Mr Laidlaw, Teacher of French

Alastair Laidlaw taught French at City from 1982 until he retired, as Head of French and Deputy Head of Modern Languages, in 2016. He then came back for an extra six years at the School as a French assistant. “Teaching does take over your life,” he says. “But it is tremendously rewarding. It keeps you alert to young people, keeps you young in spirit yourself – and you always have the holidays to recover.”

When did you fall in love with France?

My first visit to Paris in 1966. It was a school trip. I was 12. My French teacher took a small group of us to stay in the Lycee St Louis on Boulevard St Michel. He was 75 years old and very inspirational. He was very well connected: he had worked in the French Resistance alongside Samuel Beckett and was friends with President De Gaulle. We went to the Bastille Day celebrations and I shook de Gaulle’s hand.

I remember the night train from Glasgow to London, the excitement of the channel crossing and then arriving in France: the strange new sounds of the police and ambulance sirens; the mopeds; the smell from the bakeries, the pleasure of hearing French for the first time not on a tape recorder. I was elated. It was extraordinary for me: I had travelled a huge amount as a child: my dad worked in the colonial service, so I had grown up in Zambia and the Yemen and I had travelled on my own to boarding school in Scotland when I was nine. I was very used to travelling but arriving in Paris I felt so strangely at home.

What was extraordinary was that it was the same for two other boys on that trip – out of only eight of us. One boy went on to be a famous fashion designer and an assistant to Karl Lagerfeld. Another boy went on to become a secondary school teacher in France. So three out of eight of us formed a very strong connection with France.

On my second trip, after my O levels, I stayed with a French family and spent a lot of time talking to the very elderly grandmother; I didn’t especially hit it off with the son of the host family. And she remembered being on her father’s shoulders at the funeral of Victor Hugo in 1885. She was well over 100 - a smoker, as well.

When you organised school trips to France, was it common for pupils be inspired to quite that degree?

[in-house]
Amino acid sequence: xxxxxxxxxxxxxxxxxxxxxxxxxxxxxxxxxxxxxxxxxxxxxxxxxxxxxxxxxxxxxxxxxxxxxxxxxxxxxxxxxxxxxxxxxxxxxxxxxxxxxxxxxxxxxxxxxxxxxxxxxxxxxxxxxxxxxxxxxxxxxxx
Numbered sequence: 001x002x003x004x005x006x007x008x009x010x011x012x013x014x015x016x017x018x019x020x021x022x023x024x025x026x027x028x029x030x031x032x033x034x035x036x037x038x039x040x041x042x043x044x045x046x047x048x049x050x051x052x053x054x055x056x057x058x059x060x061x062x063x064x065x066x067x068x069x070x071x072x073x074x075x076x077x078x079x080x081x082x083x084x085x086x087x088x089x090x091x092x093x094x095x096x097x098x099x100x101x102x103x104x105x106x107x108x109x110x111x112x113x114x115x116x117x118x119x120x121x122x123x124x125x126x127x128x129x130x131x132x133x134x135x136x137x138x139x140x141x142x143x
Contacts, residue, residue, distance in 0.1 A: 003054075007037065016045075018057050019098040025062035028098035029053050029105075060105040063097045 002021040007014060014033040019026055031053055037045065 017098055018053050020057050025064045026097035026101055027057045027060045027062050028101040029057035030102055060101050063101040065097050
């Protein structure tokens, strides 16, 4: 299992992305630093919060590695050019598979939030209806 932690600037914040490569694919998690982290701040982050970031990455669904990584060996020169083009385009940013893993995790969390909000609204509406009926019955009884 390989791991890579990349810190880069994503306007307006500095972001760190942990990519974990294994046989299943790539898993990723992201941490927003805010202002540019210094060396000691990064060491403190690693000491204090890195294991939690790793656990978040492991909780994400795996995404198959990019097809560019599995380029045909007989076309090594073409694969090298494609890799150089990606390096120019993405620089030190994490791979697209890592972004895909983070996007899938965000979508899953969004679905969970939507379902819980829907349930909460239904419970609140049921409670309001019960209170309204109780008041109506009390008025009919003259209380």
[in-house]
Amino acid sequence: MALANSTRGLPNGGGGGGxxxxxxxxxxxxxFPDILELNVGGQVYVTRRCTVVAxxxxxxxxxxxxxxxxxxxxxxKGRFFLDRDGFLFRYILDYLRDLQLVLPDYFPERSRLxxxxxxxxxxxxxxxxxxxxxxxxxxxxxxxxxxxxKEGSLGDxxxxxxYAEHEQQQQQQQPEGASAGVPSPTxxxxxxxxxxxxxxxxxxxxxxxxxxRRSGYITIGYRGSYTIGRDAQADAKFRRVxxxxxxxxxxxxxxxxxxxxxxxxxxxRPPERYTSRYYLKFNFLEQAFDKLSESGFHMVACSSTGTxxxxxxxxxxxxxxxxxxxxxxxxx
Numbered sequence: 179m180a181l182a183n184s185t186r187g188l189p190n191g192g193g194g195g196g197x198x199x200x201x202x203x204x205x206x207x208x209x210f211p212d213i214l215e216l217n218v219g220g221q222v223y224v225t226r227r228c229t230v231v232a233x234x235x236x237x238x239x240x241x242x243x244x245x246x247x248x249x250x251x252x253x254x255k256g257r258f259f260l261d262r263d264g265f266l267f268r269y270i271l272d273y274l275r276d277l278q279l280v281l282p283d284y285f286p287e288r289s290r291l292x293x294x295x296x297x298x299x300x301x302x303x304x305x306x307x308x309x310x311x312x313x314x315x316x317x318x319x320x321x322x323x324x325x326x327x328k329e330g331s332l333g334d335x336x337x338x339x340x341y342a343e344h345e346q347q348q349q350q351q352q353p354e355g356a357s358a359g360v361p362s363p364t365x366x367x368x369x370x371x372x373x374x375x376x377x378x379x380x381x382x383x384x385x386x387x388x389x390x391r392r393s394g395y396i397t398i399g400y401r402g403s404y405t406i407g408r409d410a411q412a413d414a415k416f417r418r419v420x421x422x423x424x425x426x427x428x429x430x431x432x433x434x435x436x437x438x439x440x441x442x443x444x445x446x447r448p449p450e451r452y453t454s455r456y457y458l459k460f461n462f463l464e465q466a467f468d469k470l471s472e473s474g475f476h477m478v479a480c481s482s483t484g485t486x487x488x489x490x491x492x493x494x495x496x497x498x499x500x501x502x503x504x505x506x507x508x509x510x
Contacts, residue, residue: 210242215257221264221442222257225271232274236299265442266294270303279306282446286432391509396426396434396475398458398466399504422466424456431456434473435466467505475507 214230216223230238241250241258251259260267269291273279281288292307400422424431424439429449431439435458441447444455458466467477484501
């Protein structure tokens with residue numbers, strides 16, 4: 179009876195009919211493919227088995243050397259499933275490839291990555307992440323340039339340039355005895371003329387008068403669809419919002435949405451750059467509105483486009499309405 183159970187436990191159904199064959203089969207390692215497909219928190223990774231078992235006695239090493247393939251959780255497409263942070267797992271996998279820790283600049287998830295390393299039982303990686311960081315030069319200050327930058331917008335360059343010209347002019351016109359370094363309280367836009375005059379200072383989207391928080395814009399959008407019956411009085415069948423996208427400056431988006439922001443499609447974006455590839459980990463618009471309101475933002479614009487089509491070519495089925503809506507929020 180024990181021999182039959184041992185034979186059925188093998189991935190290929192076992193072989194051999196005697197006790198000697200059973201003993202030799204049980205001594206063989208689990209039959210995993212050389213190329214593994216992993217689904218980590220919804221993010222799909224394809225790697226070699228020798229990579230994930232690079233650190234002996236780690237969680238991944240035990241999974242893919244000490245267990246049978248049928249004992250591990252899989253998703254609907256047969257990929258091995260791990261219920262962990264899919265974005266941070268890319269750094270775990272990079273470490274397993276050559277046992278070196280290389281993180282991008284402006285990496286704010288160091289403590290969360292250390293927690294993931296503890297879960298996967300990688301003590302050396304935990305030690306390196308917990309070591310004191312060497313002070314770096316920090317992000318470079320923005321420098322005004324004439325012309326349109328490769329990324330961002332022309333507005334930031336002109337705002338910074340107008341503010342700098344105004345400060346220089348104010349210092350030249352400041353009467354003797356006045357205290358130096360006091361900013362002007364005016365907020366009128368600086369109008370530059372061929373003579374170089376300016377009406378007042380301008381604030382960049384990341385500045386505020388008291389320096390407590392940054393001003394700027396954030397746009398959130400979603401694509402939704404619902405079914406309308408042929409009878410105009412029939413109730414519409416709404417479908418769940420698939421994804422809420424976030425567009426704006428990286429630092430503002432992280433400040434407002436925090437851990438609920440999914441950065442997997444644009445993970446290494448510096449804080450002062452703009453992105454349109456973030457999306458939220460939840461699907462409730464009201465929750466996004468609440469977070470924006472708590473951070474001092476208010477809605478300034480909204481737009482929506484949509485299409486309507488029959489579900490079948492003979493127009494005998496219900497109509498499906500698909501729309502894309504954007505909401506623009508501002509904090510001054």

I did 52 trips and I think many in retrospect realise that their first trip to France had been quite life enhancing. I know two boys who were inspired by our trips and studying French film with me in the early 90s who ended up going to live and work in France, one in the film industry and one as a translator of literature.

We would run two trips a year, sometimes three. I went on German trips as well as French. One of the most memorable trips for everyone was to Berlin in October 1985. It was very, very cold and we crossed over into East Berlin; we had a special permit. That was such a powerful experience – you went through Checkpoint Charlie and the silence descended: very few cars, very few people on the streets. No-one would make eye contact with you. We let the boys wander around which seems unimaginable now with Health and Safety and Risk Assessment.

Which aspect of French life most inspires you?

Oh, everything! The first line of De Gaulle’s autobiography – “I have a particular view of France” – rings true with me, if in a much more humble way. It’s about the appreciation of food, culture, intellectual life, cinema… Being an intellectual is sometimes seen as a dirty word in Britian but in France there is a great respect for culture.

There is also appreciation for France itself as a country, with its many regional diversities. Most French people I know have visited a lot of France – I think the English don’t really know their own country so well and are maybe more likely to holiday abroad. I know very few English people who have even been to Scotland. I did try to persuade some of my tutees to feature a Scottish university on their UCAS application and those who did end up in Scotland often fell in love with it!

Are you a different person when you are in France?

Absolutely, yes. I am more confident, which may be surprising. Speaking French, I do become a different person. I am quite a reserved person, which may sound strange as a teacher – but I can be a performer in front of a class and put my reserved side away. But France brings out a more confident side of me - possibly because when I am there I am usually on holiday!

Are any pupils unreachable with French and French culture?

No – I think in the first couple of years they are all reachable. I always enjoy teaching first year classes. They don’t start with any prejudices; they have a lot of engagement and enthusiasm. That wears off fairly quickly, though! I sometimes think that the teaching of modern languages should be more intense at the start, more immersive. My great dream in the past was that modern languages might become like music lessons – you would sign up and be able to do modules when you were ready. But schools are not the ideal place to teach languages.